Rapid traverse, sometimes referred to as rapid transverse or rapid travel, is used for moving a machine tool around the workpiece as fast as possible.
Depending on the type of machine tool, this is accomplished in different ways. See below for more information related to CNC and manual machines.
How fast does the machine move in rapid traverse?
First let’s talk about speed.
Rapid traverse speeds vary based on the machine. A good quality desktop CNC will usually be capable of speeds around 100 inches per minute (IPM).
Larger, industrial grade CNC can often move at speeds of 1,000 inches per minute or more. No matter what type of CNC you are using, you will want to make sure that nothing is in the way when these moves are being made in a CNC machine.
Crashing a CNC at normal speeds is bad enough, crashing a CNC at rapid speeds could be catastrophic.
Can rapid traverse speed be adjusted?
Most CNC machine controls have an adjustment to dial back the rapid travel speed. This is often referred to as Rapid Override or something similar. This override allows the CNC operator to adjust the rapid speed, usually in the form of a percentage of the full speed.
Some shops need to run full speed. Time is money after all, but many machine shops will dial things back a little for safety.
How does the CNC move during rapid travel?
Newer CNCs will move in a true straight line fashion, however some older CNCs can process the command in different ways.
Some machines may only move one axis at a time while others will move in other strange ways. The most important thing is to be aware how your specific CNC control will process the rapid travel command and create your program to account for this movement.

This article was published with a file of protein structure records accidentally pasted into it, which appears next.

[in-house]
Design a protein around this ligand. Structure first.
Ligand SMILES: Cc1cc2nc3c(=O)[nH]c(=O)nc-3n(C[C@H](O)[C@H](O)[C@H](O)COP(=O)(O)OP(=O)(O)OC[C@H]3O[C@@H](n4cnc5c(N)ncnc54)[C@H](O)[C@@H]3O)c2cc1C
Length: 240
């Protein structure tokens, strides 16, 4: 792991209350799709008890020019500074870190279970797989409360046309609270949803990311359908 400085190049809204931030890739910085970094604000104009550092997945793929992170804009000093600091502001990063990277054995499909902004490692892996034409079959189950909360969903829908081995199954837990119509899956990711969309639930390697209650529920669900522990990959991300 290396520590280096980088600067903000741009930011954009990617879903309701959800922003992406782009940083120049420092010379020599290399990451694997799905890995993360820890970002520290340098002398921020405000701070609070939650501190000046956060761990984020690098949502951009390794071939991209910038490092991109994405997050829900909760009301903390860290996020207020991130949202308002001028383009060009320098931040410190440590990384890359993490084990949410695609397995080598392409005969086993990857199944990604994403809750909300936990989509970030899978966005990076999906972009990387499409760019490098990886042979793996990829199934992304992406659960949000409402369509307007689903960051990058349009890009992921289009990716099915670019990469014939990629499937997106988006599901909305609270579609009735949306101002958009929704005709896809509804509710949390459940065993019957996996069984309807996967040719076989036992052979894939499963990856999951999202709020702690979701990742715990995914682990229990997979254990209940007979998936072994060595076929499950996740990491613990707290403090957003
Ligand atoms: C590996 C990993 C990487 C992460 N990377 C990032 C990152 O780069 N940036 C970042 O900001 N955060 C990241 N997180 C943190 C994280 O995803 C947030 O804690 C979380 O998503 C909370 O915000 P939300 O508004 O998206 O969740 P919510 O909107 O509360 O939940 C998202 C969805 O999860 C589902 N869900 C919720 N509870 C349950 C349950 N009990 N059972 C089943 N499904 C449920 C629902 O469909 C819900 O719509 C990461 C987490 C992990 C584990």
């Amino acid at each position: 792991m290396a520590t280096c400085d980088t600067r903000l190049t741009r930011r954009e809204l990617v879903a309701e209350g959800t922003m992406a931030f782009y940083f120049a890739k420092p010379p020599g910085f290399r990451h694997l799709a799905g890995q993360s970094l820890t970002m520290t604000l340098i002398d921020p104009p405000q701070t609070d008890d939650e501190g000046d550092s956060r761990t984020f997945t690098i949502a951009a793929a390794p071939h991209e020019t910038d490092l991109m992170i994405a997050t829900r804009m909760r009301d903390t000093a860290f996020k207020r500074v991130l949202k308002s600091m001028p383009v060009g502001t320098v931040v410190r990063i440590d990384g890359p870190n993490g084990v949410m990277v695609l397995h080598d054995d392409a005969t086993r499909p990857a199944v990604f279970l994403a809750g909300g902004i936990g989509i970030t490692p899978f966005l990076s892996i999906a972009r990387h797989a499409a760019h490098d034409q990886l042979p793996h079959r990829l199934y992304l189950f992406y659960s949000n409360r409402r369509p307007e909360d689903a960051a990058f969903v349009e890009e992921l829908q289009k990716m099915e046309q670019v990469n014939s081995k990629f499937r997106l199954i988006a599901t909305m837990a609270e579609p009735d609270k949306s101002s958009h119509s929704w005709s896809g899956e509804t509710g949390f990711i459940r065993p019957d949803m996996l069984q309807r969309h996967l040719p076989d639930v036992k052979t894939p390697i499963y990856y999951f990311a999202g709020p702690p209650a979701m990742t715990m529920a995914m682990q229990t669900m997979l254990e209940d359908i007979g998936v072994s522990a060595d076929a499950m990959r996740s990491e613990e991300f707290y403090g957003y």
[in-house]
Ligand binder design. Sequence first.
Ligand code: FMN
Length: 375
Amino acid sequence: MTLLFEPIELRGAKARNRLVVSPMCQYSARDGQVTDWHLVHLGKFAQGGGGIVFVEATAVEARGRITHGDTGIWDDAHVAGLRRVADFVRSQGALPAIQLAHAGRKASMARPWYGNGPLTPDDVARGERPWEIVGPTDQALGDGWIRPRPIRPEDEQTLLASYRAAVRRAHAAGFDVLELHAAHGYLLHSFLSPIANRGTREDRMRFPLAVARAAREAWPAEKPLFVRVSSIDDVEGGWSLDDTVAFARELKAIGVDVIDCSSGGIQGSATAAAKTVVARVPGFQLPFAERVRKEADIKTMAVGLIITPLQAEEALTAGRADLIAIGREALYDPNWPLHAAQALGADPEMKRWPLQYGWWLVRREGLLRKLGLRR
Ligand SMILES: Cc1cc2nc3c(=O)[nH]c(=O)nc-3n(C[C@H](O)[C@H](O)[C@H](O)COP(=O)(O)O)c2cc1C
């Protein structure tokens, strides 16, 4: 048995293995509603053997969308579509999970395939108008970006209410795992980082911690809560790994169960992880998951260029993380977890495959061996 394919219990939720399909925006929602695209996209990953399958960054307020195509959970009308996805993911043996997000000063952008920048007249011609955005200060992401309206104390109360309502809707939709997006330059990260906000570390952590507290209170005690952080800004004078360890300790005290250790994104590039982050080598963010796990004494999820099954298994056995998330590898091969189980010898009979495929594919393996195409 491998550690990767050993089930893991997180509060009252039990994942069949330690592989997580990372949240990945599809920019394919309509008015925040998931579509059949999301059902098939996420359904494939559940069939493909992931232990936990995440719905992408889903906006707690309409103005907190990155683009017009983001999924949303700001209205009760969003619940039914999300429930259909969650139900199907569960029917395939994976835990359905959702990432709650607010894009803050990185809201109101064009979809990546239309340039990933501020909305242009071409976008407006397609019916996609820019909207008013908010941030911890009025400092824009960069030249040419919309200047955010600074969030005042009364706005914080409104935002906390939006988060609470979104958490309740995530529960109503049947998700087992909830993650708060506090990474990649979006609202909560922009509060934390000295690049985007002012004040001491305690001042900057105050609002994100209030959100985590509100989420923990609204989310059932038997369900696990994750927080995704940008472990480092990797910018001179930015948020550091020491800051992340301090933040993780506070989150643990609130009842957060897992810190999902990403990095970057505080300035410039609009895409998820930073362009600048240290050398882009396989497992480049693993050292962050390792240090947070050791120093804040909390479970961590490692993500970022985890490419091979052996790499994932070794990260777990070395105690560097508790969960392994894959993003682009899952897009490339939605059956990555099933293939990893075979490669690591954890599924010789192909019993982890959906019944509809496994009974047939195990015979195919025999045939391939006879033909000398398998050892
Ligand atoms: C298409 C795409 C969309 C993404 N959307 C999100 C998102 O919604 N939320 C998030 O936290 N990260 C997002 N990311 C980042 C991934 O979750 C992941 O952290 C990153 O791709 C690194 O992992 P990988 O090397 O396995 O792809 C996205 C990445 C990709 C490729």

Because various machines will process commands in different ways, this means you may not be able to take a program and a setup and run it on a different machine.
What is the G code for rapid traverse?
The G code for rapid movement is G00. This applies to both CNC mills and lathes. In the example above, G00 is the code for rapid traverse and the X and Y values are the position that the machine is to rapidly move to.
Rapid movement can happen in the Z axis as well.
Want to learn more about CNC G codes?
What should you think about when using rapid travel?
When you are zipping your CNC back and forth think about:
- Part location – it can be easy to forget about a step in your part and attempt to move over the top of you part at a Z height that is too low
- Fixturing – similar to your part location, remember that you often have clamps, vises, etc. that will be in your machine and it’s best to avoid them
- Removing material – don’t cut in rapid mode, it will result in size issues and poor surface finishes at best
Rapid traverse in manual machining
Many manual machines, such as a Bridgeport mill, use a power feed to rapidly move around the workpiece. These power feeds are not as fast as a CNCs rapid moves but they are still much quicker than the standard speed which usually involves cranking a handle to position the machine.